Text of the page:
Distressed sales of single-family homes and condos fell to 16.2% of all sales in 2016 – down from 18.8% of all sales in 2015 to reach the lowest level since 2007, according to a recent report from ATTOM Data Solutions.
Distressed sales include bank-owned sales, short sales or foreclosure auctions sold to third-party buyers.
Metro areas with the highest shares of total distressed sales during 2016 included Atlantic City, N.J. (43.8%); Hagerstown-Martinsburg, Md.-W.V. (33.2%); Rockford, Ill. (29.2%); Montgomery, Ala. (29.2%); and Baltimore (28.0%).
Bank-owned (REO) sales accounted for 8.0% of all sales – down from 10.0% in 2015 to the lowest level since 2006.
Short sales accounted for 5.5% of all home sales in 2016 – down from 6.0% in 2015 to the reach the lowest level since 2008.
Foreclosure auction sales (trustee’s sales or sheriff’s sales) selling to third-party investors (not including those going back to the foreclosing lender) accounted for 2.8% of all home sales – down from 2.9% in 2015 to reach the lowest level since 2007.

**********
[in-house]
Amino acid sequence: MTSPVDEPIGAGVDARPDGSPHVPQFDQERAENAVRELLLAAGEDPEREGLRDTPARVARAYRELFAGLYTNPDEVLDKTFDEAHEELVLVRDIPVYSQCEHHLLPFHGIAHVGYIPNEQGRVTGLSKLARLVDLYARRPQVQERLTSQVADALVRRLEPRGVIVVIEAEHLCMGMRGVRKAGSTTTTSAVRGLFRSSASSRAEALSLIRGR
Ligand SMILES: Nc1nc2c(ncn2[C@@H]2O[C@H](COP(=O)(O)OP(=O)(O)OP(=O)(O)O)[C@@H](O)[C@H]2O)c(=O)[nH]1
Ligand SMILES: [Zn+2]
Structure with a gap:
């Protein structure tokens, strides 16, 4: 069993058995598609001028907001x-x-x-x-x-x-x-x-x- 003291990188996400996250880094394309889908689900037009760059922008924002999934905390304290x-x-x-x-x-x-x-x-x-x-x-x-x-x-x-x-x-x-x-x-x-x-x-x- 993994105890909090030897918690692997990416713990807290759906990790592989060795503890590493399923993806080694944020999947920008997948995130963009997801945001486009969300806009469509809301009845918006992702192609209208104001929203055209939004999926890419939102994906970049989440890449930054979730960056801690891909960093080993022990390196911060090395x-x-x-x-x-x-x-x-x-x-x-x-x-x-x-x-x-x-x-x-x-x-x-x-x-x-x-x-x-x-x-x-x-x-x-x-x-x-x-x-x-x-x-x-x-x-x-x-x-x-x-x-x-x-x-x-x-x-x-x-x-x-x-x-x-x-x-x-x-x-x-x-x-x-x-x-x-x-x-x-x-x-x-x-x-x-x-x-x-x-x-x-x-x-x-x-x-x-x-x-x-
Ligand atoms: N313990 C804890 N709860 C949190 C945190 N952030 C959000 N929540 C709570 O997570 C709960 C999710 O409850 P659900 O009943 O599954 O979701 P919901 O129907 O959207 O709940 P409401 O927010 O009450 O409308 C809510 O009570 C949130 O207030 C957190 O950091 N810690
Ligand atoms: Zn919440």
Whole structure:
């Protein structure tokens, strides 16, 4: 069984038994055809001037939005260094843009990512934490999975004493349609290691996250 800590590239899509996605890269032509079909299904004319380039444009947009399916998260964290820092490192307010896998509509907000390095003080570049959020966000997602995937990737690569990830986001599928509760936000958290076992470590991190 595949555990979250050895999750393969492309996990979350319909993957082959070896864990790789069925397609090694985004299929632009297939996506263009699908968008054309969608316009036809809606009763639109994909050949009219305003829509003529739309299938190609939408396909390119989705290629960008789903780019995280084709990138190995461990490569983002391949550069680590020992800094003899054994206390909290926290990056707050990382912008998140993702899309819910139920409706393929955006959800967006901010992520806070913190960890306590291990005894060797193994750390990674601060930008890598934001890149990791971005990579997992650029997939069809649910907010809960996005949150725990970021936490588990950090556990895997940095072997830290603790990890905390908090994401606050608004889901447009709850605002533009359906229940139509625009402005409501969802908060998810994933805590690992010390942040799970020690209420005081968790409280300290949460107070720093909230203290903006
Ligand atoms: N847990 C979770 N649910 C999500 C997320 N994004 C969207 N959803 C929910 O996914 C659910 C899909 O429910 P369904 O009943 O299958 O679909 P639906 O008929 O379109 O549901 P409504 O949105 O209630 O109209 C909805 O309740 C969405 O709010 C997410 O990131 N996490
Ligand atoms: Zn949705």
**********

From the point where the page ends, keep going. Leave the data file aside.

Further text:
“The housing market hit several important milestones in 2016, with distressed sales at a nine-year low and home prices at a 10-year high, just barely below the pre-recession peak in 2006,” says Daren Blomquist, senior vice president at ATTOM Data Solutions, in a statement. “This was all good news for home sellers, who realized their biggest average profits since purchase nationwide in 2016. Even distressed property sellers are benefiting from this hot seller’s market, with a record-high share of homes at foreclosure auction being purchased by third-party buyers rather than reverting back to the foreclosing bank.”
The share of foreclosure auctions sold to third-party buyers hit a record high of 28.5% in 2016. That’s up from 23.5% in 2015 to reach the highest level since 2000 – the earliest for which ATTOM has data available.
A total of 96,438 single-family homes and condos were sold to third-party buyers at foreclosure auctions in 2016.
For more, click here.